- Australian Cyber Security Magazine
Building a modern security operations centre How to protect your organisation’s information
S By Jason Legge Head of Security Consulting, Huntsman Security
26 | Australian Security Magazine
ecurity Information and Event Management (SIEM) technologies are not new, but there remains plenty of misinformation and misunderstanding about how to use them. Critics focus on them being little more than log collector and storage tools, that due to their management overhead, gives little in the way of return on investment (ROI). What these critics fail to acknowledge is that by rethinking how security operations centres (SOCs) operate, SIEM technologies deliver significant operational benefits and efficiencies. Do you know what it takes to deploy a SIEM and upgrade your security to enable proactive threat hunting? By integrating a SIEM into the core of your SOC and re-engineering some of the processes, you can start to improve your cyber assurance and realise a highly favourable ROI. Let’s start with staffing; you might already have a security team looking after firewalls, antivirus products and intrusion prevention systems. That’s a lot of “security systems” to monitor and the addition of a SIEM may just add yet another thing to do. But what if you look at the SIEM from the perspective of a consolidation technology, which merges
information from all these systems into a single screen. Instead of going straight to security operations, start talking to your network, server and desktop teams, and maybe even your database team, to see which aspects of security operations would sit more naturally with them. For example, adjusting the rule-set on a firewall is not unlike changing the configuration on a router or core switch. Your network team almost certainly knows all about firewall administration already. Firewalls are simply another networking device. If you can move the operation and management of your firewalls to the networking team, you’ll have freed up the time for your security operations team to focus on threat management and assurance. A second example might be to consider reallocating responsibilities for your antivirus technology to your server and desktop team. That team usually manages the configuration and software build of operating systems, along with software distribution and general systems administration, so adding your antivirus technology to their portfolio makes logical sense. These small changes are starting to free up enough time for your security team to initiate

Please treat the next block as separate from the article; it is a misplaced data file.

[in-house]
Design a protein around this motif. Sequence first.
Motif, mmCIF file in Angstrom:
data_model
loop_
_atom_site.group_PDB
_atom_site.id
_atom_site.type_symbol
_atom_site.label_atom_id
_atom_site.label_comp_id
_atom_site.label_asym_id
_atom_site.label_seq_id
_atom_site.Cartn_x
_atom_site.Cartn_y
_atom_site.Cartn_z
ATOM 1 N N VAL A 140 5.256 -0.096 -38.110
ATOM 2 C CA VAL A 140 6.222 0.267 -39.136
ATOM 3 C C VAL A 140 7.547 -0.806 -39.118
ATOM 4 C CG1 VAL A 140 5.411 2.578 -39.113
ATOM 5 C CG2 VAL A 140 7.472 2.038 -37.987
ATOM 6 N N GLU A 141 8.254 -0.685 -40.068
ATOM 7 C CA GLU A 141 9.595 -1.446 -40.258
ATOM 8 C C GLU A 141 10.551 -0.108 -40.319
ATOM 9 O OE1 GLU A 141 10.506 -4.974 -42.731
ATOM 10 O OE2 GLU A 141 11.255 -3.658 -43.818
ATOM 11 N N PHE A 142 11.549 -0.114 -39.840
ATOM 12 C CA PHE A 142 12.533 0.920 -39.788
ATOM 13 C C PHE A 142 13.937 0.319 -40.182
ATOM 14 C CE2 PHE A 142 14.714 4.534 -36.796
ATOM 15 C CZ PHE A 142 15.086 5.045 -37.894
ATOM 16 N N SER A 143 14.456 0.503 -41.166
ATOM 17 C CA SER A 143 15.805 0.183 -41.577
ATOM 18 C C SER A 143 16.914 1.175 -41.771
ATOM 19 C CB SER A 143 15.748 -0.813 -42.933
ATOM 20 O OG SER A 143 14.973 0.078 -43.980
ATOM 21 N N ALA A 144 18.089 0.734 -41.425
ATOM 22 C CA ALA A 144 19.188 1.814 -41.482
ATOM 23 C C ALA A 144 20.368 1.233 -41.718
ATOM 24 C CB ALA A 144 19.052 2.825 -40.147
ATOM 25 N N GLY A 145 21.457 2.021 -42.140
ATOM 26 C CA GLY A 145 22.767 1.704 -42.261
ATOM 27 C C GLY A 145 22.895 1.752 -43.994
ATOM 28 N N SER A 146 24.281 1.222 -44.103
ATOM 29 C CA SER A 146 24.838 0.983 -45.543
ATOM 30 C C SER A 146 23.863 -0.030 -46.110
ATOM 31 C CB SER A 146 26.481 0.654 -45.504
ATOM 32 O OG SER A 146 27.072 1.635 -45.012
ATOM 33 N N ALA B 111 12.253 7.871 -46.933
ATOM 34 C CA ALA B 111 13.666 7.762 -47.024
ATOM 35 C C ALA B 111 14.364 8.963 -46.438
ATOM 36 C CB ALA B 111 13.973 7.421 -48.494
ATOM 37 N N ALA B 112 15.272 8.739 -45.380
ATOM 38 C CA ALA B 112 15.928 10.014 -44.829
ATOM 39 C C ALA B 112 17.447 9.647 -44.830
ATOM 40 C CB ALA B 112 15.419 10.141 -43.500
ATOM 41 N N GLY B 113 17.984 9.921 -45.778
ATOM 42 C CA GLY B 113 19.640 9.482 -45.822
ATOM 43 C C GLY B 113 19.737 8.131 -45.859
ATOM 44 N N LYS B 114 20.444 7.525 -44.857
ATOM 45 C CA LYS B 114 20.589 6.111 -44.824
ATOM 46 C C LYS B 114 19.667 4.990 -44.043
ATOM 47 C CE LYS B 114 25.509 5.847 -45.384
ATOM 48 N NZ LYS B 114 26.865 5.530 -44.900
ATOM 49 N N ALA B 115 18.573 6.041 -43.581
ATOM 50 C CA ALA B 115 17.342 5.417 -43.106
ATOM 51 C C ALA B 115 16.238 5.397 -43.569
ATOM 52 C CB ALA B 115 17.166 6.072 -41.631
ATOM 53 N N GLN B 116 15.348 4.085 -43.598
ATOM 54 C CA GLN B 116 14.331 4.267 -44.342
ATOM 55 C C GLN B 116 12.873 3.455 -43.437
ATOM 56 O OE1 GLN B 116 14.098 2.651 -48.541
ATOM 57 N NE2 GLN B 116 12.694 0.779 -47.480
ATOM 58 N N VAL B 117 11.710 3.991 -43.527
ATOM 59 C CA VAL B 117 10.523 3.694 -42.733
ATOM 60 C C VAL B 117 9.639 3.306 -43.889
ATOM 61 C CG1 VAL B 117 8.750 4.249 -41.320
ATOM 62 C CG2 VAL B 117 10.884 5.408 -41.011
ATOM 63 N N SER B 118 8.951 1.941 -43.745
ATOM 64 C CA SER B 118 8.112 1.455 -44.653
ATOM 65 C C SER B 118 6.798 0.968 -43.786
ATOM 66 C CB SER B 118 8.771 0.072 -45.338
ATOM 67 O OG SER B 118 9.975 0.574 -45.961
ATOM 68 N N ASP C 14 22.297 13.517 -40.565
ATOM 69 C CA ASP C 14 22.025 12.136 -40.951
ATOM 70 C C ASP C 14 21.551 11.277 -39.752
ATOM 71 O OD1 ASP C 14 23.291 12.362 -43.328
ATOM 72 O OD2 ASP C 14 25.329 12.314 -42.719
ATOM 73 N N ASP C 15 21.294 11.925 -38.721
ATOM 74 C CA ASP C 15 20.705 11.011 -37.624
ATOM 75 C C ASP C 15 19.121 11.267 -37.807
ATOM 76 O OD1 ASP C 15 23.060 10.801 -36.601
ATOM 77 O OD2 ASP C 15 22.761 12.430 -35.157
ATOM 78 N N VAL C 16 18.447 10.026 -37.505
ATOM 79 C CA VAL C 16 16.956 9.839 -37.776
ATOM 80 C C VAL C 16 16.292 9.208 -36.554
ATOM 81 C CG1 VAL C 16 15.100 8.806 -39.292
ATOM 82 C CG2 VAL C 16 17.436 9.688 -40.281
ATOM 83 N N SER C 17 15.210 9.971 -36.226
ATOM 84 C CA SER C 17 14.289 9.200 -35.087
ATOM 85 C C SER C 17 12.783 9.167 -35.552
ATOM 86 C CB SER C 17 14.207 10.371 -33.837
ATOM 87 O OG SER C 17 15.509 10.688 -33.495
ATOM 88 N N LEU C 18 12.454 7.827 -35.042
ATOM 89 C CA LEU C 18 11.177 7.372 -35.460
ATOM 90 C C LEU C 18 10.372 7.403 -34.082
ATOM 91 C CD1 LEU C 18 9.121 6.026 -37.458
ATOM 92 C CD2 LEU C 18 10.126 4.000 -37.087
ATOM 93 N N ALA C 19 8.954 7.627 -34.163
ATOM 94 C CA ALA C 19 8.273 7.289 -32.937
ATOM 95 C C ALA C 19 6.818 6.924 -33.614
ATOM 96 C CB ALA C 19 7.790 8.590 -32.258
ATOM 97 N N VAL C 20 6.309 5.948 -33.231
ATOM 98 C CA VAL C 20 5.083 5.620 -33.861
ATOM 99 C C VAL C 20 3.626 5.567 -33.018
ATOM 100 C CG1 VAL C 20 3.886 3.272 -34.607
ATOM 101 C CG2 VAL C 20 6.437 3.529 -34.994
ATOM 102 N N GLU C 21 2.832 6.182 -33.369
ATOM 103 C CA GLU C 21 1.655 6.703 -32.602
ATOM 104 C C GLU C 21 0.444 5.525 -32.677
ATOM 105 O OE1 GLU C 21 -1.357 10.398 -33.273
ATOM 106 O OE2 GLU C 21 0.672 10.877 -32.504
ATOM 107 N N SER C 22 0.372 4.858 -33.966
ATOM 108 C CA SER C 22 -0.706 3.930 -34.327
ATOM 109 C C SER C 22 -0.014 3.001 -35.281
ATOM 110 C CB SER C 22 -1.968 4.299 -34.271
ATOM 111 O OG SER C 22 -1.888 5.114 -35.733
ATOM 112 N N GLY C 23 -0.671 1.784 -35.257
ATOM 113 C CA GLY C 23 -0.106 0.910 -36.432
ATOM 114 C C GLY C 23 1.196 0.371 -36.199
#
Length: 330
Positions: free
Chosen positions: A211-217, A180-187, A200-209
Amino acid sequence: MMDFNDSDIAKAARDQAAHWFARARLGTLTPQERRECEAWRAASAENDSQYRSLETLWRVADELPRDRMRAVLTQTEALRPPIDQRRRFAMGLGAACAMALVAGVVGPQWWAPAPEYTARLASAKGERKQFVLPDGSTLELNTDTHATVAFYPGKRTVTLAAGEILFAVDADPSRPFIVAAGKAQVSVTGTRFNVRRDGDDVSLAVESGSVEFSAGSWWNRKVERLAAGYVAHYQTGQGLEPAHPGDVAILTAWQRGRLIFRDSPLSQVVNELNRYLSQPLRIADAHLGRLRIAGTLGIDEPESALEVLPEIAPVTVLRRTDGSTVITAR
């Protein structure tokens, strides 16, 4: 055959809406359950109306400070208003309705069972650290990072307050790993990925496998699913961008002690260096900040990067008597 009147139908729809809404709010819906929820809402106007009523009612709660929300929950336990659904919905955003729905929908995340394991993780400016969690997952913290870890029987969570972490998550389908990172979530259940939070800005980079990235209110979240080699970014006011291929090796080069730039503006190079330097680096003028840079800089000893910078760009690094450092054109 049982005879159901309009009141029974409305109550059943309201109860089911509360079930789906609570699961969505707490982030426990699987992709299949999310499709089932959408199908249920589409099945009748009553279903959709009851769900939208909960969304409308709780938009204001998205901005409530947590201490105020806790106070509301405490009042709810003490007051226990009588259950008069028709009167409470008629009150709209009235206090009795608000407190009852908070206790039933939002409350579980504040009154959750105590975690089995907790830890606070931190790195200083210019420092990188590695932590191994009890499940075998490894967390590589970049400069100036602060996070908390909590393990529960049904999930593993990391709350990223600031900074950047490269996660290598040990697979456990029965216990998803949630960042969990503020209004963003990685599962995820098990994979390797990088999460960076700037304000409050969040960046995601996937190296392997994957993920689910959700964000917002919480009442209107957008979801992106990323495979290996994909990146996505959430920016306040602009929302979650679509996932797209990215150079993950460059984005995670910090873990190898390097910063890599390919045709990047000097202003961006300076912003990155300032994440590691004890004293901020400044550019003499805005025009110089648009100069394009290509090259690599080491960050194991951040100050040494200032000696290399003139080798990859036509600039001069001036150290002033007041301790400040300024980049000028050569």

Published on Aug 15, 2017
The Australian Security Magazine is the country’s leading government and corporate security magazine. It is published bi-monthly and is dist...